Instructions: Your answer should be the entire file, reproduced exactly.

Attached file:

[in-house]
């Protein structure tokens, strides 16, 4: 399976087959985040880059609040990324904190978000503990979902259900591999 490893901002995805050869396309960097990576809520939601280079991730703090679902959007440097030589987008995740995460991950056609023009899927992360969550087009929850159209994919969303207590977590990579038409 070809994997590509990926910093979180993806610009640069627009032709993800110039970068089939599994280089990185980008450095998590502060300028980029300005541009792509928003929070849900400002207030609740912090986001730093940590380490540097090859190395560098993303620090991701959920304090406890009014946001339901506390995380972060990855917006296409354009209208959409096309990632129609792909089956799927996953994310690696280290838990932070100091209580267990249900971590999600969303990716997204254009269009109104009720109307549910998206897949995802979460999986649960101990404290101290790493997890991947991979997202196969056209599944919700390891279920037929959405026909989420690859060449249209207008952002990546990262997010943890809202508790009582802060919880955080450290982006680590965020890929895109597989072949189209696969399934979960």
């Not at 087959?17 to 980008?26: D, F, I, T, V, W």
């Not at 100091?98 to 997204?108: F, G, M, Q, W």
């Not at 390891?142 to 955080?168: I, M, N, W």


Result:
[in-house]
């Protein structure tokens, strides 16, 4: 399976087959985040880059609040990324904190978000503990979902259900591999 490893901002995805050869396309960097990576809520939601280079991730703090679902959007440097030589987008995740995460991950056609023009899927992360969550087009929850159209994919969303207590977590990579038409 070809994997590509990926910093979180993806610009640069627009032709993800110039970068089939599994280089990185980008450095998590502060300028980029300005541009792509928003929070849900400002207030609740912090986001730093940590380490540097090859190395560098993303620090991701959920304090406890009014946001339901506390995380972060990855917006296409354009209208959409096309990632129609792909089956799927996953994310690696280290838990932070100091209580267990249900971590999600969303990716997204254009269009109104009720109307549910998206897949995802979460999986649960101990404290101290790493997890991947991979997202196969056209599944919700390891279920037929959405026909989420690859060449249209207008952002990546990262997010943890809202508790009582802060919880955080450290982006680590965020890929895109597989072949189209696969399934979960």
């Not at 087959?17 to 980008?26: D, F, I, T, V, W």
């Not at 100091?98 to 997204?108: F, G, M, Q, W």
């Not at 390891?142 to 955080?168: I, M, N, W």